“Everything Is in the Details”: The First Two Weeks of a New Stonie


What are the first few weeks like for someone who jumps into the events industry full throttle? Gabriela Soltys, who joined One Smooth Stone recently, describes her initial experience at “fast, flexible, exhilarating, and thinking on your feet” — especially after supporting her first event with us. Gabriela, an assistant project coordinator, joins us after working in events and communications at businesses such as Kraft Heinz and Mariano’s.

Gabriela says that the events industry is the perfect place for her. “I love multi-tasking,” she says, “And I like to think out of the box and troubleshoot.” We are happy to accommodate.

Check out the following interview to get a sense of what it’s like to become immersed in the fast-moving world of events, the One Smooth Stone way.

Congratulations on joining One Smooth Stone! Tell me about what you do.

I go onsite and assist with anything that an event producer needs. Whatever a producer or associate producer needs, I do. Lately I have been helping to create show flows, or a complete breakdown of everything that happens at an event, ranging from when the walk-in music happens to when the lights go on.

What happens in the first few days in the life of a new Stonie?

I’ve done a lot of hands-on learning. Before One Smooth Stone got me involved in an event, for my first few days I shadowed the team, listening in on calls with clients, observing the creative process, and experiencing how people do their jobs. By the second week, I was supporting an event for a client.

The event I supported was a company meeting to cover topics ranging from the development of leadership skills to a presentation from the CEO. The client had undergone a recent merger and wanted to give employees a chance to hear how things have been going and to give them a chance to ask questions.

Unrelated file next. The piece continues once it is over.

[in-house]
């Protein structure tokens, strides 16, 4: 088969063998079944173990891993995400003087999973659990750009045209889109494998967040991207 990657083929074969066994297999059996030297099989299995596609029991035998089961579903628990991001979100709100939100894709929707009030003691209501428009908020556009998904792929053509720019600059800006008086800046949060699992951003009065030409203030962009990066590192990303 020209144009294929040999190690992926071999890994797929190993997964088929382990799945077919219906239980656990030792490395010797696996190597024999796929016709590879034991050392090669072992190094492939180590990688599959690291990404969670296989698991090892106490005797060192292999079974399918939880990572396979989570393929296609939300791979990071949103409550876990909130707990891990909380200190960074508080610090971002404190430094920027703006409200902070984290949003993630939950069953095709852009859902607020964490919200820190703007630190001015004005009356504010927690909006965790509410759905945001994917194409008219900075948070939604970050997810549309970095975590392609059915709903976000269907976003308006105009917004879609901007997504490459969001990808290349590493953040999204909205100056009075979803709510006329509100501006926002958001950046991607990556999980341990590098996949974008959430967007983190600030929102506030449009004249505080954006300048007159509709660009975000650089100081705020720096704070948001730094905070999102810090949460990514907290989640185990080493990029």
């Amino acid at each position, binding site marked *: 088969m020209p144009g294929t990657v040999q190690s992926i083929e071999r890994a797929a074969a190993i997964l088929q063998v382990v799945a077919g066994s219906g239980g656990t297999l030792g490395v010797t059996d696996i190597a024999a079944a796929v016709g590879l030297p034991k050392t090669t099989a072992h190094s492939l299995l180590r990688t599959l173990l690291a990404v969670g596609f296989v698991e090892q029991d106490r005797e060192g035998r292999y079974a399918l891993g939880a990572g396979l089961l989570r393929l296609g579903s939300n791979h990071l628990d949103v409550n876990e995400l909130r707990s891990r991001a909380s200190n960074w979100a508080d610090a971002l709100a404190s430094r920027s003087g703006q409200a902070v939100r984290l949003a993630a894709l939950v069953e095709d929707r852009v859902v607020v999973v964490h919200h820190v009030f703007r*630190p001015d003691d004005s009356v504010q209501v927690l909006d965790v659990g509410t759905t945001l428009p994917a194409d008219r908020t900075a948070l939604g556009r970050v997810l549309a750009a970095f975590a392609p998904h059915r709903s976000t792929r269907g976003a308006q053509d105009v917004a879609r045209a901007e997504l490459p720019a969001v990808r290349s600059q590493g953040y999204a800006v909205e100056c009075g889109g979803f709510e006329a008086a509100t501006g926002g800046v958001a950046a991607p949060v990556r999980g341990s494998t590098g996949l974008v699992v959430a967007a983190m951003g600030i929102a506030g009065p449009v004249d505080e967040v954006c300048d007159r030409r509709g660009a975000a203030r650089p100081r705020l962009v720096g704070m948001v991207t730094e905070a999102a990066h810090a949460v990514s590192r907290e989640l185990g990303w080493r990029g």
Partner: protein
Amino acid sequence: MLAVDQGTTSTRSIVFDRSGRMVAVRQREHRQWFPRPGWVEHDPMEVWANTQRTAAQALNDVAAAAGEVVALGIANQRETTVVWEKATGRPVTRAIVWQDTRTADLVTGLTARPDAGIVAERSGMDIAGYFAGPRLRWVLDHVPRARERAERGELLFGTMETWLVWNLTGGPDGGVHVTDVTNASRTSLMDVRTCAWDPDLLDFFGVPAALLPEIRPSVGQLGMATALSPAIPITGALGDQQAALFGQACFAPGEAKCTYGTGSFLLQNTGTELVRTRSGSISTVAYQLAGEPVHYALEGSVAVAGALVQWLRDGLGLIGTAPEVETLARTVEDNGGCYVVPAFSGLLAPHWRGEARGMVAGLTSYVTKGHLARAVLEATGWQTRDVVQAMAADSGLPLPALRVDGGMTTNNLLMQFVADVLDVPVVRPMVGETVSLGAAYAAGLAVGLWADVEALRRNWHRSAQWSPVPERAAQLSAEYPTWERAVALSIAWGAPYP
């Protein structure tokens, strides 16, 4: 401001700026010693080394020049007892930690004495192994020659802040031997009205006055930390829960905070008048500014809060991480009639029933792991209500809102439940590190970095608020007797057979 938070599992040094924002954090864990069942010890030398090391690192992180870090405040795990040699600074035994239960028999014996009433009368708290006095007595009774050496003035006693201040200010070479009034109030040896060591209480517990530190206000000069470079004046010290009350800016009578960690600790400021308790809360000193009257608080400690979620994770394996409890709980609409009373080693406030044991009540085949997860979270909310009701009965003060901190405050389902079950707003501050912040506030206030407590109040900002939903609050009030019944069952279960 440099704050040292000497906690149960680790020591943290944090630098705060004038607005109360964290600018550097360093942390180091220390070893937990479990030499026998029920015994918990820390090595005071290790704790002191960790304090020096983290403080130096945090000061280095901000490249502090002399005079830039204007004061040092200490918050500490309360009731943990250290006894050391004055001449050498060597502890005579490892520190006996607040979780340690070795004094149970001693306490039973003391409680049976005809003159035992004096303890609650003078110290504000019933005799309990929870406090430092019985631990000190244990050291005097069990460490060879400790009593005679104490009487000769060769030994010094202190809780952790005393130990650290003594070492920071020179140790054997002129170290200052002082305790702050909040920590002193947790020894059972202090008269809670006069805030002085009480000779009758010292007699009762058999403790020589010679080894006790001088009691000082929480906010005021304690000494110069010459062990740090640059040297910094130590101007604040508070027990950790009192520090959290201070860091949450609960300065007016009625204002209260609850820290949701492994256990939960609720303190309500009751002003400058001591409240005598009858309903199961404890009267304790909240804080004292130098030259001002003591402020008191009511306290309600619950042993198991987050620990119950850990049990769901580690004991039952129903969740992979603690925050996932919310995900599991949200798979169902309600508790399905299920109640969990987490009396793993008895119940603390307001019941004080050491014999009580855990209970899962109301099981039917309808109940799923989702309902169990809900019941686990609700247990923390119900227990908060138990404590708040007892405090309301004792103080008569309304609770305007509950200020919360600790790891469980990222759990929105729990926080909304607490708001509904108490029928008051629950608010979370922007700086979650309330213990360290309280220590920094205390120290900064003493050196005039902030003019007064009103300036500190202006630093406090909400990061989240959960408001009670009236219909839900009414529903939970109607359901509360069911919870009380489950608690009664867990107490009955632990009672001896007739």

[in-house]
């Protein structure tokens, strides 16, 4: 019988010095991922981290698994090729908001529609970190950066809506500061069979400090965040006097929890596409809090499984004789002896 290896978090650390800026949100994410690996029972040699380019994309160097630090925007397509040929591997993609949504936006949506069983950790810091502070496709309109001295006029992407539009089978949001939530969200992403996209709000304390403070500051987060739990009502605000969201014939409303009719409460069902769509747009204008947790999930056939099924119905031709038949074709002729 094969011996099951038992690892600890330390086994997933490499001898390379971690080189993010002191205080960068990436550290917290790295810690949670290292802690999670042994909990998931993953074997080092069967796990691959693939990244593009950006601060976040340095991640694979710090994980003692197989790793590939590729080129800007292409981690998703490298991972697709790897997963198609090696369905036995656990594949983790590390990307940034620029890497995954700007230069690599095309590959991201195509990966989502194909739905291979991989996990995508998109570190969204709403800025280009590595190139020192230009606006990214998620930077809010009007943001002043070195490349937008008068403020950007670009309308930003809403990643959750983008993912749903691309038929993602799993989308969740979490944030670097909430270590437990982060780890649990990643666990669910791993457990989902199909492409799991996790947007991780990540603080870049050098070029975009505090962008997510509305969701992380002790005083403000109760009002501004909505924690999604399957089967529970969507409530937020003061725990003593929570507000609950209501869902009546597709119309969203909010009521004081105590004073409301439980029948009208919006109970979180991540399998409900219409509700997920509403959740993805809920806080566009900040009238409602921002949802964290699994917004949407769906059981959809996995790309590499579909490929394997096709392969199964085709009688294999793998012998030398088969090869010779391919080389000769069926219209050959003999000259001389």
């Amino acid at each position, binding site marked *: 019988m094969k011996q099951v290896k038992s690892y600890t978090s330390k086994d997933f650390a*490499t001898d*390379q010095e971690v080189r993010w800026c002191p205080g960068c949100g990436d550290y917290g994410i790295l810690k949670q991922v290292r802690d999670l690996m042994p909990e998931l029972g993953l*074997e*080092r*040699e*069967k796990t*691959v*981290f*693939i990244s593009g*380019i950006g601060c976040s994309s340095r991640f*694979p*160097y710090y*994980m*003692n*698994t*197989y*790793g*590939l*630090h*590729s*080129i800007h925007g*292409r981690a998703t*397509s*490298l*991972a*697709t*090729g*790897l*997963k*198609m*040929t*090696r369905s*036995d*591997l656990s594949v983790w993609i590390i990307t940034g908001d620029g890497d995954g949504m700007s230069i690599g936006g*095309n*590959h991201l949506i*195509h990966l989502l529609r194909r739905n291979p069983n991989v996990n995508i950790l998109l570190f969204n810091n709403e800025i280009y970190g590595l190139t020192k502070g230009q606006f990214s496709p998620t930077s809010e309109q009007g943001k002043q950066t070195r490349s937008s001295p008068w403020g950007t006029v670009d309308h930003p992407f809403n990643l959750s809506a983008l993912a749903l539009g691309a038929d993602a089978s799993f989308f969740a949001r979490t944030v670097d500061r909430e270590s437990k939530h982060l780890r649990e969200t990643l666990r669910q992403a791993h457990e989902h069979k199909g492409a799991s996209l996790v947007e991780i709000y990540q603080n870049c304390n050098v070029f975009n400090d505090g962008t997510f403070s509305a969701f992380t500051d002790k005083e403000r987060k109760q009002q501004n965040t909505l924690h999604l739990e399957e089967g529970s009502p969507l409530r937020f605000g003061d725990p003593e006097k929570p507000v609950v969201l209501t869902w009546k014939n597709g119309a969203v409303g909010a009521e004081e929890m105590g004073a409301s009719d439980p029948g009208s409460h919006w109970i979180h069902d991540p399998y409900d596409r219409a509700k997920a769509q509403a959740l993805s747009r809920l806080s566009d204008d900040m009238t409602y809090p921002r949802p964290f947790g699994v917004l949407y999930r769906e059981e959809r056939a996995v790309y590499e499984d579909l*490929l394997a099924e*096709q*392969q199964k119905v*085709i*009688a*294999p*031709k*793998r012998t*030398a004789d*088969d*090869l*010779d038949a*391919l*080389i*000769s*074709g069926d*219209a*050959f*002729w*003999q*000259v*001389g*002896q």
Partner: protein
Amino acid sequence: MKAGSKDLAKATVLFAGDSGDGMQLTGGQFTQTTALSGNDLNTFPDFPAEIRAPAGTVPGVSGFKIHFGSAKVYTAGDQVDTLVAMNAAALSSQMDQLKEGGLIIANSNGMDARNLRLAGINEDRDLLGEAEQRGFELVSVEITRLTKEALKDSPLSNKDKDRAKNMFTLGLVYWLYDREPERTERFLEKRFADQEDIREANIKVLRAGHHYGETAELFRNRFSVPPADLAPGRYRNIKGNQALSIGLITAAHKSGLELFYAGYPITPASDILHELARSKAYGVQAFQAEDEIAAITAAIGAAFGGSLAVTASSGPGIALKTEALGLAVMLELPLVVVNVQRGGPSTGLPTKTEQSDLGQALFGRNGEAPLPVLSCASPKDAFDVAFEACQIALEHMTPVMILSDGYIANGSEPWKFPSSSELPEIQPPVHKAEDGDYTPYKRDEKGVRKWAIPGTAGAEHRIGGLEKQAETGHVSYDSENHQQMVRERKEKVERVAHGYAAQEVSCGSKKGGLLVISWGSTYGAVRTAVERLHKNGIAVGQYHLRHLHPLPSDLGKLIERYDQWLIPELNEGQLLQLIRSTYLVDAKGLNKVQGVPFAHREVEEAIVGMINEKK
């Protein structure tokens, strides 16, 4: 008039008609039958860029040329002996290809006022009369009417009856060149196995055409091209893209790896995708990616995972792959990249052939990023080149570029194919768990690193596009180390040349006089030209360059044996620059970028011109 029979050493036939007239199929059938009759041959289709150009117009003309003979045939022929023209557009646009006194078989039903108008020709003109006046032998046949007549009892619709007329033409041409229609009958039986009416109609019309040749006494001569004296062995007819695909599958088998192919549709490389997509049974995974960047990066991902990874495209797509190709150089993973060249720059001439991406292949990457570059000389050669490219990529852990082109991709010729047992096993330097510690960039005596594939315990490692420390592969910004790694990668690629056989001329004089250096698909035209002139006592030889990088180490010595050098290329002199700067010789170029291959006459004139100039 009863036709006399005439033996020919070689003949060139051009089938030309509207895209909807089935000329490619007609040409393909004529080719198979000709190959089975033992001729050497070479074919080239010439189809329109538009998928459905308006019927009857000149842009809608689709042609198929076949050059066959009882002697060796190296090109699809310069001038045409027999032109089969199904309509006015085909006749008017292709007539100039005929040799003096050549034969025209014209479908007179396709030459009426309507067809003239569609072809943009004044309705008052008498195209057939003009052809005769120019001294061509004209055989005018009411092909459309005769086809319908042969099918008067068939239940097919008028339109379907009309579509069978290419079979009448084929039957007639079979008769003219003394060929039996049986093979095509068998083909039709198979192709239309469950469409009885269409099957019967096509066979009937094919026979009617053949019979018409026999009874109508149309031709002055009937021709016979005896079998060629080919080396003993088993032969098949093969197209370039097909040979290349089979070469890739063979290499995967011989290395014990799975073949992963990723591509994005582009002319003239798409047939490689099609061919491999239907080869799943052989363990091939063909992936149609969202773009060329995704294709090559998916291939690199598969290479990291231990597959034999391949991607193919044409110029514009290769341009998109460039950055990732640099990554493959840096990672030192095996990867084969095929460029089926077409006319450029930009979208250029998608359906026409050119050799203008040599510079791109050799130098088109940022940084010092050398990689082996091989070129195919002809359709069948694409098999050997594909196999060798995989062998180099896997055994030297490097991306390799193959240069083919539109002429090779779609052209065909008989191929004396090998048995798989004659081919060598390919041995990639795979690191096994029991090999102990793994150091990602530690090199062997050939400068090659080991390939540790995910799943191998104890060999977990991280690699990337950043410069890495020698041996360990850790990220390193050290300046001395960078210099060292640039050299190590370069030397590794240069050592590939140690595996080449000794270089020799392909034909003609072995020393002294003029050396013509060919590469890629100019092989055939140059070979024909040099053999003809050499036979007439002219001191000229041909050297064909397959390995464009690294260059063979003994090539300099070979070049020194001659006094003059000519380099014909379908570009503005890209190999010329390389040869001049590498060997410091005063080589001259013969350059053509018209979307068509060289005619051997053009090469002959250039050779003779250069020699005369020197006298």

What was the first day of the event like?

The first day was all about setting up: meeting with the hotel staff, meeting with the client’s event planner, and reacting to changes from the client event planner, such as last-minute changes to graphics.

One of my jobs was to make sure everything was where it needed to be. I know that counting tables and chairs for an event does not sound glamorous, but it’s important to do. If you don’t meticulously count all the tables and chairs to make sure you have enough set up, you might be in for an unpleasant surprise when all the guests start arriving. Everything is in the details.

On the first day, I learned quickly how flexible One Smooth Stone is — how you need to know how to react to curveballs. For example, on rehearsal day, our client shared with us some changes to the speaker line-up. And some speakers who were scheduled to rehearse were unable to make the rehearsal session. Naturally, you want all speakers to be able to rehearse, but sometimes a speaker’s schedule changes. So to be flexible, you find another time to meet with the speaker. If the speaker cannot come to you, you go to them and work around their needs, even if you’re meeting with them during a breakfast or meeting break to give them as much preparation as you can.

Being flexible also means changing the show flow to accommodate the addition of last-second speakers who were not on the agenda originally. You find time to rehearse with the new speakers, and, in the case of our event, we re-recorded the voice-over introduction that the audience hears on the loudspeaker when the presenter is walking up to the stage.